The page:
The best home audio CD player

Allen Foster

Your smartphone is designed to sound good enough to have a conversation, but it's not meant to be the center of your home audio system. That's why individuals with a discriminating ear still have their music library on CDs, which they listen to on a home audio CD player.

The best home audio CD player is a versatile unit with a high-quality digital-to-analog converter (DAC) for supreme sound. Yamaha's Natural Sound Five-Disc CD Changer, which you can read about in our buying guide below, is our favorite for those precise reasons.

Considerations when choosing home audio CD players

Yes, there's a great deal of technical jargon that audiophiles cite like it's the center of existence, but most of that will only clutter the decision-making process for the average consumer. When searching for a home audio CD player, there are three simple decisions you'll want to make first:


In the world of the audiophile, focus is the key. Each component ideally has limited functionality, so the emphasis can be placed on perfecting quality. You can purchase an entertainment device that includes everything you need in one unit, but these models are typically inferior. For the best, look for a dedicated home audio CD player, which will not include speakers.


Most individuals will only need or want a CD player that can play audio CDs that were purchased online or at a store. However, if you're going to be playing other types of CD formats, such as an MP3 CD (which can hold six times the audio as a regular CD), you'll want to be sure the home audio CD player you are considering can do this.

Single vs. multiple

Playing one CD at a time may be enough for you. Others prefer a player that can hold five or six CDs at one time, so they can have variety and not have to change the CD as often.



Play, stop, pause, rewind, fast-forward, skip track, repeat, random, and playlist are the basic modes you will want on your home audio CD player. There can be variations within each mode as well, but these are the most essential operating modes.


This includes all inputs and outputs whether wired or not. If you want to connect your home audio CD player to speakers that only have an RCA input, you will need an RCA output on your player to do that. If not, you will need to purchase an adapter. Or if you want to stream a playlist from your smartphone, you will need to connect the phone to the CD player (wired or wireless) to do that.


Whether it's your smartphone, a voice assistant, or even a good old-fashioned remote, being able to control your CD player from a distance can come in handy.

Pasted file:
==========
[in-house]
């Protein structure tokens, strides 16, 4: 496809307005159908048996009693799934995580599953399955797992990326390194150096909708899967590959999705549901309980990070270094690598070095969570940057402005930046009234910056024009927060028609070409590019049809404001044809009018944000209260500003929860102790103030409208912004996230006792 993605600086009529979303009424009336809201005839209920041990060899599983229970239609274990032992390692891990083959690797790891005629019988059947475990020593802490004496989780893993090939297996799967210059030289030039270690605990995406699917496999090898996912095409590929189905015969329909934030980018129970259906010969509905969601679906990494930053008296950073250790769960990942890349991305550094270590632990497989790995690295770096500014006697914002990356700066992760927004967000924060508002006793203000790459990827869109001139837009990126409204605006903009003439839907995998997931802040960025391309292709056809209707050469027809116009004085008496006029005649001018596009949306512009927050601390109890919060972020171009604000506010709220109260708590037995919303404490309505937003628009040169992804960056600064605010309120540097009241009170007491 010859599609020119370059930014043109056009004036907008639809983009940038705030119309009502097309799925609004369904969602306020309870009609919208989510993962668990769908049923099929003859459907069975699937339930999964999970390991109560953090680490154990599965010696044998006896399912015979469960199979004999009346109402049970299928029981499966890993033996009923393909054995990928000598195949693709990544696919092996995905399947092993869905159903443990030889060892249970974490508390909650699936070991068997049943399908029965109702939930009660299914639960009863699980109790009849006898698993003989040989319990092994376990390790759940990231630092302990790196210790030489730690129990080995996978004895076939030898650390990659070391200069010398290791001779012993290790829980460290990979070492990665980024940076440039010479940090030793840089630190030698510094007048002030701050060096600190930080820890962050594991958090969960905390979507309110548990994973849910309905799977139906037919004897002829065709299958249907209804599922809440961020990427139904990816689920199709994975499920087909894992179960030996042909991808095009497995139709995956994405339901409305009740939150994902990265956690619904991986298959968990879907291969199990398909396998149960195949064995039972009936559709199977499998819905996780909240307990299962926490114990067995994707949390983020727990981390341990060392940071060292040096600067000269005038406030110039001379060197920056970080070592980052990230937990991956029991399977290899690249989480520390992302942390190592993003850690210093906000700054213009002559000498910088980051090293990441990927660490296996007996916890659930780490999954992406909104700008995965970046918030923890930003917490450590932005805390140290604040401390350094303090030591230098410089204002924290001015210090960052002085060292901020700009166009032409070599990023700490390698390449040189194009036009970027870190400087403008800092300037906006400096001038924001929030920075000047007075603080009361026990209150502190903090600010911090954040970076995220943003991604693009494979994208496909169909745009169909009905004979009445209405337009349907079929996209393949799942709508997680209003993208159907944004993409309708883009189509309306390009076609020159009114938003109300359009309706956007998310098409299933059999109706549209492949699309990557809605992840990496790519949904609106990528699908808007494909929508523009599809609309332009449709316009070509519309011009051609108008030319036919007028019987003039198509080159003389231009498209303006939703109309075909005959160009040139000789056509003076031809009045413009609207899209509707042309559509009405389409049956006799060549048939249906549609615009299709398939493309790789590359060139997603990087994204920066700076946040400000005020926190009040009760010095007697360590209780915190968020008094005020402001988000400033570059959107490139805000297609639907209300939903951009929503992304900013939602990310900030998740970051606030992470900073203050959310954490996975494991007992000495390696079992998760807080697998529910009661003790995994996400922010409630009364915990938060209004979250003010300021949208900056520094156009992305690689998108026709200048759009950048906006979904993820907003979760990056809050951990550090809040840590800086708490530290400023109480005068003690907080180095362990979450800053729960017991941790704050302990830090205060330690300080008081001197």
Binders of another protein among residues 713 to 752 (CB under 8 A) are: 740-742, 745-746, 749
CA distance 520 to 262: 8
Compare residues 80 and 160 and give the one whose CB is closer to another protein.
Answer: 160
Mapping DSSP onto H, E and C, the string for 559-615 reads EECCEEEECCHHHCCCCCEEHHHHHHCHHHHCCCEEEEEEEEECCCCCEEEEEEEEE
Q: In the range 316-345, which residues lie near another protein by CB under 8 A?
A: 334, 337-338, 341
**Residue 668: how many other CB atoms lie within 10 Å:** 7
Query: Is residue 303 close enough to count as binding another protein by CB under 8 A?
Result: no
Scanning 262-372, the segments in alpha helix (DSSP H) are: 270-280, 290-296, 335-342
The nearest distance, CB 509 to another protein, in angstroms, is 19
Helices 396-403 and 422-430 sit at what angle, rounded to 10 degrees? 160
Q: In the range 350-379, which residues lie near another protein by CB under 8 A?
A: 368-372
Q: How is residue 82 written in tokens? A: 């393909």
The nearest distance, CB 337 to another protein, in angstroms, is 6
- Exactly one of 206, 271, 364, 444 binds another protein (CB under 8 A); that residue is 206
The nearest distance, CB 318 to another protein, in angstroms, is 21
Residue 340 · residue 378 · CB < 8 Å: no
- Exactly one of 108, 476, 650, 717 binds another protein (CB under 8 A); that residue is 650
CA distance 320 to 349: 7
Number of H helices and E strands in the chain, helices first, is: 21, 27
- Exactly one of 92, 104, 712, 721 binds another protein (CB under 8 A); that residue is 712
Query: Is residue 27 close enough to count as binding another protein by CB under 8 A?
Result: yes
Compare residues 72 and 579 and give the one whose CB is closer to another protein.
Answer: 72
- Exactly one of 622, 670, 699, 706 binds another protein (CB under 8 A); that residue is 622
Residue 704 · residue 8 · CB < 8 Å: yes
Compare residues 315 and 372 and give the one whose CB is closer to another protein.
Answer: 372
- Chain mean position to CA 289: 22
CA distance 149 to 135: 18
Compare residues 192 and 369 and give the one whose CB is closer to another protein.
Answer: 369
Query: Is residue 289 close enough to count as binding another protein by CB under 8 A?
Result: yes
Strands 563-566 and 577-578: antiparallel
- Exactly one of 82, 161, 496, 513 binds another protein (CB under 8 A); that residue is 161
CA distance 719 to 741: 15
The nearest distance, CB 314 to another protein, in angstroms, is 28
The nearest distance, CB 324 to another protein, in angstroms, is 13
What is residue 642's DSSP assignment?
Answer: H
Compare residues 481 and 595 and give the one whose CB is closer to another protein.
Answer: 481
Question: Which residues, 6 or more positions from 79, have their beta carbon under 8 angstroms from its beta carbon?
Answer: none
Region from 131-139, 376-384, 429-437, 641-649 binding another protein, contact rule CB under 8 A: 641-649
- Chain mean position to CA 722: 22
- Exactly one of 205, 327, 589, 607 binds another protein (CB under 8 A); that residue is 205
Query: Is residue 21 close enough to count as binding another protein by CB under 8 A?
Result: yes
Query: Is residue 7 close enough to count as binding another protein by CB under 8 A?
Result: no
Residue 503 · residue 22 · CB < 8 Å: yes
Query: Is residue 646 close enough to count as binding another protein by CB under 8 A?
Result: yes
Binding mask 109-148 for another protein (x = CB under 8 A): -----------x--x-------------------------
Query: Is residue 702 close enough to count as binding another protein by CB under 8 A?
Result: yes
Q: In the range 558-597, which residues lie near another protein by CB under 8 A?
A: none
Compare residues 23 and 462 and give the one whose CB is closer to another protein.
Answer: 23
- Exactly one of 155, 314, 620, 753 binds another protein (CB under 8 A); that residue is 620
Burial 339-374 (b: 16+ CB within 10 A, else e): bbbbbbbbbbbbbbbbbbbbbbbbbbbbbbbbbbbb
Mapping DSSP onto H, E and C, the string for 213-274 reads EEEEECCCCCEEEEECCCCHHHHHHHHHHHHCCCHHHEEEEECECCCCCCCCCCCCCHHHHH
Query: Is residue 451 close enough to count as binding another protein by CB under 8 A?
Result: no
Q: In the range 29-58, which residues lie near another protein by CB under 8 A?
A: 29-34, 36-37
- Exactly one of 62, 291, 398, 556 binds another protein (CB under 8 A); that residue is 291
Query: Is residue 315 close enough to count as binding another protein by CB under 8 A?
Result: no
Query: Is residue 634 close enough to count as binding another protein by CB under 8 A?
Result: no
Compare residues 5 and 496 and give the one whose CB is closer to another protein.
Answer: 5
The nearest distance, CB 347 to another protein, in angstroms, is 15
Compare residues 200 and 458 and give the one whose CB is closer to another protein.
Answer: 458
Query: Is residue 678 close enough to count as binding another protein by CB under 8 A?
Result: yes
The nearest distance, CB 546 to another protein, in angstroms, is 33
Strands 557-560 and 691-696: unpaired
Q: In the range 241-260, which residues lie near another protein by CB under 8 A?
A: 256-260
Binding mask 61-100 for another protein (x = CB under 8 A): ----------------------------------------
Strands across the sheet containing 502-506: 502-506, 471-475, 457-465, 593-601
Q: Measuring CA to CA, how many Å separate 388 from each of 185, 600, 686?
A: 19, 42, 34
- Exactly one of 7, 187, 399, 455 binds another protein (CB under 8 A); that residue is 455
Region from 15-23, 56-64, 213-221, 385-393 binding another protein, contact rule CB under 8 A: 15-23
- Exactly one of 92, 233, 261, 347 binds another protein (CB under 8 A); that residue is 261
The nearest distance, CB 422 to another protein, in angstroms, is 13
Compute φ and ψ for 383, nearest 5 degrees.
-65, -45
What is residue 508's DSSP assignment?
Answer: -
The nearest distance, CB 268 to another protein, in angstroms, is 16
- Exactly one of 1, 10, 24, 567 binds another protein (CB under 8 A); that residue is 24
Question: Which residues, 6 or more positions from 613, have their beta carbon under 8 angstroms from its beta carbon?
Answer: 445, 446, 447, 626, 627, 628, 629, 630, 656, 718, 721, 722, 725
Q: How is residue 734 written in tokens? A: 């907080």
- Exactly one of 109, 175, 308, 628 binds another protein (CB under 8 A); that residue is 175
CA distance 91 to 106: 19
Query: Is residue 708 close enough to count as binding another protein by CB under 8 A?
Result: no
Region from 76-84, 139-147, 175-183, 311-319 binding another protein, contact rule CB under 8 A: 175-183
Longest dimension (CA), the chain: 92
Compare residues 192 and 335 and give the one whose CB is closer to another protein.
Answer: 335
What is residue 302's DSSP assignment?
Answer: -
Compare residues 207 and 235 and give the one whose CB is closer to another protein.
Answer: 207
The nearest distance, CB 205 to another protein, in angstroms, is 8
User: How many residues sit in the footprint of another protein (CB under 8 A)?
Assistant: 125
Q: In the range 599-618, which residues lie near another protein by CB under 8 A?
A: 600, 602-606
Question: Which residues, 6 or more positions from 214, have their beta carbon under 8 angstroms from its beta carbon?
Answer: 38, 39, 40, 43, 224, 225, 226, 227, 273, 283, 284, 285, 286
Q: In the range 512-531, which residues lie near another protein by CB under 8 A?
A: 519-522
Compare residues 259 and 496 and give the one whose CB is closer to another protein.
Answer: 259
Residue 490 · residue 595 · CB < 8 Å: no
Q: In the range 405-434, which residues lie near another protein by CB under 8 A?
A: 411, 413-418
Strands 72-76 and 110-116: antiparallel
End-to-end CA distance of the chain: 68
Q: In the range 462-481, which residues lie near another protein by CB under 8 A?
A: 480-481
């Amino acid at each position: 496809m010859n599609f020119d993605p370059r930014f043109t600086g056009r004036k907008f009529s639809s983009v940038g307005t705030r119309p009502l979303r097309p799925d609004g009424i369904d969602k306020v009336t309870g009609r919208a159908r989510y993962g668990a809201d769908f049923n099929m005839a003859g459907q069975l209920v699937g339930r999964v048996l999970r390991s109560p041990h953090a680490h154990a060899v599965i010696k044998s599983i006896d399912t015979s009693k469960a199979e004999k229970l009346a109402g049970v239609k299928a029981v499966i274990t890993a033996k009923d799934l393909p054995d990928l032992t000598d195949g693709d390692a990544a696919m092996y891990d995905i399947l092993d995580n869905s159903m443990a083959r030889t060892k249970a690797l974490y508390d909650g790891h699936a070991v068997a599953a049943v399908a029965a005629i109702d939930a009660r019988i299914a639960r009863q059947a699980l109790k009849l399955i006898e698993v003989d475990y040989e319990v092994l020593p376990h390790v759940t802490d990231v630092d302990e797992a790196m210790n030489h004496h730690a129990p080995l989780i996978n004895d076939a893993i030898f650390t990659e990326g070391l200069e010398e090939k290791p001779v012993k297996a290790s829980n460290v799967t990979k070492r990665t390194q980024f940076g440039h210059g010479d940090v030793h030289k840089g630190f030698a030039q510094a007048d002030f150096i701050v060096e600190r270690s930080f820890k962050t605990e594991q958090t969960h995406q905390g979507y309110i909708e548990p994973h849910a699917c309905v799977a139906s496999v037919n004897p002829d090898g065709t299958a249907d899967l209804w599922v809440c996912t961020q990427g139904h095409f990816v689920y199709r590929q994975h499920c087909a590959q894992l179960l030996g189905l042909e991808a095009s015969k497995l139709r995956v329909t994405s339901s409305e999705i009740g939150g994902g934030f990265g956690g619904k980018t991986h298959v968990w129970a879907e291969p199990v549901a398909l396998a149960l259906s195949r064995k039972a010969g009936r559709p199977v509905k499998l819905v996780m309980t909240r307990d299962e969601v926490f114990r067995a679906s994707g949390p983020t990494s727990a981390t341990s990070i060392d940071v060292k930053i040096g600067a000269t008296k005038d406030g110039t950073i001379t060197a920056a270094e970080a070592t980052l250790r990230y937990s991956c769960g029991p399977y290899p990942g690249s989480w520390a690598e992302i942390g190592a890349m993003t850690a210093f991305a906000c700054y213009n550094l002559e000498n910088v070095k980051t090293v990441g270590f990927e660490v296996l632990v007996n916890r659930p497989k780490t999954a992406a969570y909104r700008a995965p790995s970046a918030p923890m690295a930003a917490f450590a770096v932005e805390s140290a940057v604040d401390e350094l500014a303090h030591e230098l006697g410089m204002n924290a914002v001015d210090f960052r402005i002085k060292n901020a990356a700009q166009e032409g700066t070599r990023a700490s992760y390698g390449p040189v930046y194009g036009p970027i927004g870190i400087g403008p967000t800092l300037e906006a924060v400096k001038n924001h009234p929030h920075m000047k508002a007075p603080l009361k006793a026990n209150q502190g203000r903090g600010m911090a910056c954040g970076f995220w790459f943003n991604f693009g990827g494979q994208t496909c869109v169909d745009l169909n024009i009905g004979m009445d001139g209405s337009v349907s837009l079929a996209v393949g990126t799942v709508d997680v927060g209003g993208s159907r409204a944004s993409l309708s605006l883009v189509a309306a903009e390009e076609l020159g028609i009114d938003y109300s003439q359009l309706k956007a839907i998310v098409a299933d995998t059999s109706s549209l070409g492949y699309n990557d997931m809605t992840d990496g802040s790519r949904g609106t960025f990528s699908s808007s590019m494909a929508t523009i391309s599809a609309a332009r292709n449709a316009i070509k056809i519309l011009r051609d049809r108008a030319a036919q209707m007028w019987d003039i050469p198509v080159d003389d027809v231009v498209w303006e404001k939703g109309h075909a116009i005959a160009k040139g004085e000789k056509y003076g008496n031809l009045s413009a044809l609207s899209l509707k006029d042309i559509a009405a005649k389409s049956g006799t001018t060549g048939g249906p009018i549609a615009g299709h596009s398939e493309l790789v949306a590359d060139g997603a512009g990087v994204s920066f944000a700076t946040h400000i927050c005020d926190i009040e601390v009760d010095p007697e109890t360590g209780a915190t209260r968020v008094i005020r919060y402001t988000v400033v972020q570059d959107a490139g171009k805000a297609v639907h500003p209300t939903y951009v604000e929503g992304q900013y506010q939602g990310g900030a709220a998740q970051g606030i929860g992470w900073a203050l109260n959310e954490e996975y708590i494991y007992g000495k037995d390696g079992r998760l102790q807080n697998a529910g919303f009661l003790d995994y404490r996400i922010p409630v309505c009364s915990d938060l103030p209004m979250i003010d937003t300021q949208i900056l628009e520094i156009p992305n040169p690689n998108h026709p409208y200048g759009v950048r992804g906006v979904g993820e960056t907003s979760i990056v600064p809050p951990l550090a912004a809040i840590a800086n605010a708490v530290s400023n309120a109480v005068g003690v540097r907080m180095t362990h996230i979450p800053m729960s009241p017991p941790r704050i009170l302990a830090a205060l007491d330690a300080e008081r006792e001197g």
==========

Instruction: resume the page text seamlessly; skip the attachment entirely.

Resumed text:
Home audio CD player prices

If you have budget concerns, you can purchase a lower-end home audio CD player with limited features and sound quality for less than $100. A high-end unit that includes a quality digital-to-analog converter (DAC) and a multi-disc changer and can play a number of formats typically costs between $300 to $500, but you can find models for as much as $1,000. Many users are happy with the combination of features and affordability available in the $150 or $300 price range.


Q. What type of formats does a home audio CD player support?

A. All home audio CD players will play regular store-bought audio CDs. But if you have any specialized discs, such as CD-Rs, CD-RWs, MP3 CDs, or something else, you will need to check the specs on the CD player you're considering to be certain that it will play the desired format.

Q. Can I record my own CDs with my home audio CD player?

A. Yes, but this will not be your typical CD player. Additionally, you will need to purchase CDs that you can record on once (CD-R) or multiple times (CD-RW) as well. Be sure to read your owner's manual because there can be compatibility issues with brands.

Home audio CD players we recommend

Best of the best: Yamaha Natural Sound Five-Disc CD Changer

Our take: A high-quality home audio CD player with a number of desirable features that provide versatility.

What we like: This unit has a five-disc tray, a remote, and it can connect to your devices via USB. It plays audio CDs, CD-Rs, CD-RWs, and MP3 CDs and features a high-quality low-noise DAC for optimum sound.

What we dislike: There have been a few reports of the disc changer not holding up well.

Best bang for your buck: Onkyo Six-Disc CD Changer

Our take: An affordably priced home audio CD player with a number of features you would only expect on a higher-priced model.

What we like: Onkyo's CD player has a six-disc capacity, six different repeat modes, and programming for as many as 40 tracks. It plays audio CDs, CD-Rs, CD-RWs, and MP3 CDs, and features advanced technology for a smoother more satisfying sound.

What we dislike: The size of this CD player may be a bit larger than you were expecting, so be sure your shelf is deep enough for a 17-inch unit.

Choice 3: Wrcibo Wall-Mountable Bluetooth CD Player

Our take: An affordable portable smart gadget that can be mounted on the wall of your home if desired.

What we like: This small convenient device comes with a remote. It can function as a CD player, Bluetooth speaker, an FM radio, or USB flash drive player. It can play audio CDs, CD-Rs, CD-RWs, and MP3 CDs and has a convenient pull switch that you can use to turn the unit on and off.

What we dislike: This device does not feature the sound quality that is available in the high-end models.

Allen Foster is a writer for BestReviews. BestReviews is a product review company with a singular mission: to help simplify your purchasing decisions and save you time and money. BestReviews never accepts free products from manufacturers and purchases every product it reviews with its own funds.

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